Growing up with two border collies, walks with a dog to me always meant focus and intensity. To border collies, a walk is work — and you don’t mess around with work, unless the need arises to herd your people together or to ensure bike and stroller tires don’t get too uppity.
And then we adopted Miri.
As you probably can tell, Miri is part border collie, but she is also Great Pyrenees, Akita, Sharpei and a whole bunch of other things (or so the test we paid way too much for said). Perhaps it’s because she was found starving in a field, or perhaps it’s a trait found in one of the other breeds she’s got mixed in there, but walks for Miri are far less about work and far more about finding food in even the most unlikely corners of our neighborhood. And by food, I mean something she can chew, which may or may not actually be edible.
This means our walks are always entertaining. Often, I play the, “Is this the pre-poop sniff or the about to eat something that will require gastrointestinal surgery sniff” game, as well as the also fun, “Guessing what she’s sniffing in dim light” game. Winners, both of them. Never a big fan of yard work myself, I have come to hate people who leave their grass long and don’t rake their leaves, for these are Miri’s “Mystery Grab Bags.” Down her nose will go, disappearing deep into a pile of decomposing leaves, only to reemerge with a dead bird carcass or worse, moldy fast food. Even higher on my hate list are homeowners who, for some reason I cannot even begin to discern, discard chicken bones — chicken bones! — on their lawns, as if that’s the most natural place for them. And don’t get me started on the people who discard their jackets just because it gets hot. I shudder to think what lies beneath those earth toned folds.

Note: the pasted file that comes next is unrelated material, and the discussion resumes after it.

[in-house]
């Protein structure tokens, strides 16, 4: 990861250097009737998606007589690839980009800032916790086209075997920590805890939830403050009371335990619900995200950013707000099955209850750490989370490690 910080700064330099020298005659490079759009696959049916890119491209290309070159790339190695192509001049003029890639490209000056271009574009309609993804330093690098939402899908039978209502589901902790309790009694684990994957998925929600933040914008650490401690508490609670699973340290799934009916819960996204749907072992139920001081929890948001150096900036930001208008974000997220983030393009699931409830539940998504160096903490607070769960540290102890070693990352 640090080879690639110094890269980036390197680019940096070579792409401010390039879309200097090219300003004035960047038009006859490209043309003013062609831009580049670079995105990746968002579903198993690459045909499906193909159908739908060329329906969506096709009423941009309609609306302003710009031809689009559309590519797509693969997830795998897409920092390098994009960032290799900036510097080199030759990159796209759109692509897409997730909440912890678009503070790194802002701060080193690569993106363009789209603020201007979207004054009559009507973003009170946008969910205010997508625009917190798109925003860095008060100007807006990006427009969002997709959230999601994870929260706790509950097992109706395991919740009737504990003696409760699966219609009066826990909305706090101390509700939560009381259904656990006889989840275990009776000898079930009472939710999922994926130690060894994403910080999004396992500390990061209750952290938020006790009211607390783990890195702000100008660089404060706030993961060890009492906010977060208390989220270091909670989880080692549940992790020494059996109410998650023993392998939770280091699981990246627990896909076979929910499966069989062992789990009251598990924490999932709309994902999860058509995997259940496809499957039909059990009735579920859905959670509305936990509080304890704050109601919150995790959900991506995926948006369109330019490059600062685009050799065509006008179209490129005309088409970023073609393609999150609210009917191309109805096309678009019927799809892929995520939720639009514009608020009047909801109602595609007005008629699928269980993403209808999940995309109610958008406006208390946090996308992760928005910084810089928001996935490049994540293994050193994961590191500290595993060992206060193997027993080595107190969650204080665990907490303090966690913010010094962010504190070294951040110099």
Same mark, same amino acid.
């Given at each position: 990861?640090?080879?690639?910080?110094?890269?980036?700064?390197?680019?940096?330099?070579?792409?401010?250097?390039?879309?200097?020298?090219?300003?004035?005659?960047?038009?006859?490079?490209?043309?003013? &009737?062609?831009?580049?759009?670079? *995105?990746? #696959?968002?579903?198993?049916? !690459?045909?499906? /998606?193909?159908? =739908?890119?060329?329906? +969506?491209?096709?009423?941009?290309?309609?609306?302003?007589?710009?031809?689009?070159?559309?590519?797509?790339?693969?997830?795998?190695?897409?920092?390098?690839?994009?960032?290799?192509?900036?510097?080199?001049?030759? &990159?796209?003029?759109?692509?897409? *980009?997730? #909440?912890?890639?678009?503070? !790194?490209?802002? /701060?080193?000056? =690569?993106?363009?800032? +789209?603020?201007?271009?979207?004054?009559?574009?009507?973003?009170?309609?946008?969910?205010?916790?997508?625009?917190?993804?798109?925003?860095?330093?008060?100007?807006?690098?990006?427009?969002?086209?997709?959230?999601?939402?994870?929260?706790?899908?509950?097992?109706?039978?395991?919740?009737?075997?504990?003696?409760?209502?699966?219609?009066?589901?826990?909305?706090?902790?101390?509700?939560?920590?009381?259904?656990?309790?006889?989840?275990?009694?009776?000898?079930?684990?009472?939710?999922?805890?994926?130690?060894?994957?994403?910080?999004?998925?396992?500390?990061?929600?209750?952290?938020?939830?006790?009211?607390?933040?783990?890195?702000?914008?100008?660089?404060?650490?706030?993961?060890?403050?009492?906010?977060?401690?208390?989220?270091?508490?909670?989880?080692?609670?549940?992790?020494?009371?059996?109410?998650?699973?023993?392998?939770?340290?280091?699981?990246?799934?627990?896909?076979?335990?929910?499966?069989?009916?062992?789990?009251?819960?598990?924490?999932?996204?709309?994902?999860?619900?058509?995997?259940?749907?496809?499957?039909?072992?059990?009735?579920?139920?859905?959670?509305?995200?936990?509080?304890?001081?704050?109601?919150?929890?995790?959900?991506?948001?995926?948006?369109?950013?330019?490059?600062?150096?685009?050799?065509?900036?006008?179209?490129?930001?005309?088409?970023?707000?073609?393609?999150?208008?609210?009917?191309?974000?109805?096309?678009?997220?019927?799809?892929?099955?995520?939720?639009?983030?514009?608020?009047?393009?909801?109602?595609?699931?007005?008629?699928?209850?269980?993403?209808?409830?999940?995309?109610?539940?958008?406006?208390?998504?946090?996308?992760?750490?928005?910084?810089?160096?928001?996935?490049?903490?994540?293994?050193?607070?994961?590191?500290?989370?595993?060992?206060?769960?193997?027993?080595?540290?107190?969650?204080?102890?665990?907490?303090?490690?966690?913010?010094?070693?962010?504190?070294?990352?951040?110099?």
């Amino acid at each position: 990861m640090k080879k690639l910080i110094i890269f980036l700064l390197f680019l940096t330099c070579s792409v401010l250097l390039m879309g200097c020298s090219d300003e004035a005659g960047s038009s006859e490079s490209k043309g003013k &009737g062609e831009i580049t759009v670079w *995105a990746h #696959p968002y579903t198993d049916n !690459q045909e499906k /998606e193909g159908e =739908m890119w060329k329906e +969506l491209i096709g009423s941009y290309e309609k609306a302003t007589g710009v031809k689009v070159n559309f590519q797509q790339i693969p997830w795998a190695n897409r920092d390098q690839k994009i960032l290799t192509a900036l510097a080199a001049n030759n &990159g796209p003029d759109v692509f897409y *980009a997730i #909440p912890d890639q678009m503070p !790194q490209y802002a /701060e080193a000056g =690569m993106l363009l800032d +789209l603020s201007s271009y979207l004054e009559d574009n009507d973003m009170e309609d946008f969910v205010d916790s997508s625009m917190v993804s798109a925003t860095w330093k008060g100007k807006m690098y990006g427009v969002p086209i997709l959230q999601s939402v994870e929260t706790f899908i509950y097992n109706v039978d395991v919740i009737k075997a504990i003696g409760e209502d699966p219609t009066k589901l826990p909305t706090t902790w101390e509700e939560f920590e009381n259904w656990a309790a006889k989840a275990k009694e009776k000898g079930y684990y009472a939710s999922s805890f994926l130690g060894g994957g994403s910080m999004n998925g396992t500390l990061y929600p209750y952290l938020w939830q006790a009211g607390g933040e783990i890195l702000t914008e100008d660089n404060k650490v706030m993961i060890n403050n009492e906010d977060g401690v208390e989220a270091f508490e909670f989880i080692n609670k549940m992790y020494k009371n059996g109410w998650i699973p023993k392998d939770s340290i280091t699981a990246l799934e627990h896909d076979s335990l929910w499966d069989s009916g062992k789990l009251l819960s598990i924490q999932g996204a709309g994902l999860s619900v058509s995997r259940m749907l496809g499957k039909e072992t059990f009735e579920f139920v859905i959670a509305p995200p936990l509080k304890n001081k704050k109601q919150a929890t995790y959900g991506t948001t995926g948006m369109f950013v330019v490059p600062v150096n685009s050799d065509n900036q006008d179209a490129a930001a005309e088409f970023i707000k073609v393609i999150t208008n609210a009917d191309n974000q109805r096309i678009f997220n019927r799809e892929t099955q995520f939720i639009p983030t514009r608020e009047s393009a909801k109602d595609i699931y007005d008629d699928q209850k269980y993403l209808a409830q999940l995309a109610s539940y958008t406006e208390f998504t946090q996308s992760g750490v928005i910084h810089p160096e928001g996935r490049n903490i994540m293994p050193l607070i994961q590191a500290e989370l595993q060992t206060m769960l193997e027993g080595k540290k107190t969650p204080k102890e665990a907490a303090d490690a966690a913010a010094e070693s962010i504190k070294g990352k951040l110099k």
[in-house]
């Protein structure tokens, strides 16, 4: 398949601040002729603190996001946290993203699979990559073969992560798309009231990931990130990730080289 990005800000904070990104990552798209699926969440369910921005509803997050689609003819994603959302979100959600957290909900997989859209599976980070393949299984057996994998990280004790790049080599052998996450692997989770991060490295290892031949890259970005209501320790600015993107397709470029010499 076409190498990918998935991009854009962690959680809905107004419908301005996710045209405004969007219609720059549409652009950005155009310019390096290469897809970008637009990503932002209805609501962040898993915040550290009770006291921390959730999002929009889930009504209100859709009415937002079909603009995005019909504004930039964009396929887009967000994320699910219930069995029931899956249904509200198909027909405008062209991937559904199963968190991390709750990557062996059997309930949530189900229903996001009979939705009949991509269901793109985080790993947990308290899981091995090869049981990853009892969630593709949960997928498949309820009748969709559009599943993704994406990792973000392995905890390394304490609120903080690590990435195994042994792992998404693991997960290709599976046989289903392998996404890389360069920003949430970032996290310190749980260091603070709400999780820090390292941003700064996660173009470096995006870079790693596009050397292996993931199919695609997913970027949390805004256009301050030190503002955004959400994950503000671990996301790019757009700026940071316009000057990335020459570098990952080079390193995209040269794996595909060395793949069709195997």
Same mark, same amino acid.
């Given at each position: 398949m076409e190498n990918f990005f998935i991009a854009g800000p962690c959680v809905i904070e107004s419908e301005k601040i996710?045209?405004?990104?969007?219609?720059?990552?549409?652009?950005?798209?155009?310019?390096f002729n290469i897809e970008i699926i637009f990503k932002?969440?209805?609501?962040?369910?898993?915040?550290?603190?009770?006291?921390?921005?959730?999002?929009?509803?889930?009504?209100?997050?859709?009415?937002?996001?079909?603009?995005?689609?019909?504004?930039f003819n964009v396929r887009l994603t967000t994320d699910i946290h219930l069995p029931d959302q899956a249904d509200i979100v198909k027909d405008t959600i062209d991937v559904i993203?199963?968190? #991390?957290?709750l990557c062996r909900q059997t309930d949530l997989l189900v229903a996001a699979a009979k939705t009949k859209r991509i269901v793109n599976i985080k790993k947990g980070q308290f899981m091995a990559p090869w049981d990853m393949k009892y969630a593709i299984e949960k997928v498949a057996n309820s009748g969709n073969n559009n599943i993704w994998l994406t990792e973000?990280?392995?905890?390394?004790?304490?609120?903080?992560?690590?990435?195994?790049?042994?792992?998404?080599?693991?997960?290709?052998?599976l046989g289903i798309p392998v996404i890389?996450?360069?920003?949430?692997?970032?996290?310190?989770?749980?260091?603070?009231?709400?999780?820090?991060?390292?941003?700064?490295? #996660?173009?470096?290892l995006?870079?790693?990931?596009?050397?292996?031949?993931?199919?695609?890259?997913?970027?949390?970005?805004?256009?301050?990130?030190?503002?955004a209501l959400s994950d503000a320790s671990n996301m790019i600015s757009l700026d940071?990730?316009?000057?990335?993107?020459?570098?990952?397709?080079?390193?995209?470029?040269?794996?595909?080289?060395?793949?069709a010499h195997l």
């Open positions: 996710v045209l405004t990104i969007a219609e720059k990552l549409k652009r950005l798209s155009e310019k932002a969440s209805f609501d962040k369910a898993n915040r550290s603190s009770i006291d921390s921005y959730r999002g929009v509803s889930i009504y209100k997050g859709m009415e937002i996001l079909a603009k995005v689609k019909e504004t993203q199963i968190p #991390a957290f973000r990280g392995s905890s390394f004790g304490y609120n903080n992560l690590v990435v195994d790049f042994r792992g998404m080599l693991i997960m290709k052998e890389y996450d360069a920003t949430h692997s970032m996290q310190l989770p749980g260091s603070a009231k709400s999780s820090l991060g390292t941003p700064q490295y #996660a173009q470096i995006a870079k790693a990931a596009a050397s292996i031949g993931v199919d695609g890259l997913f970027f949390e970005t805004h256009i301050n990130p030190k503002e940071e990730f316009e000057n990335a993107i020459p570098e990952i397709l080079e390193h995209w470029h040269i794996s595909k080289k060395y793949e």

But worst yet is the map she keeps in her mind. Sure, I might avert chicken bone disaster one day by jerking her away just in time or even pulling bits and pieces out of her mouth, and I might even continue to do so for several days forward. But one day, I will be distracted crossing the road, absorbed in a podcast, or talking to a friend, and Miri will pull the map up in her mind (“From: Miri’s Current Location, To: Thing She Shouldn’t Eat”) and before I know it, that octopus leg/rodent carcass/bag of chips has disappeared, never to be seen again (if we’re lucky).
This is my best attempt at rendering a mockup of Miri’s Map of the World: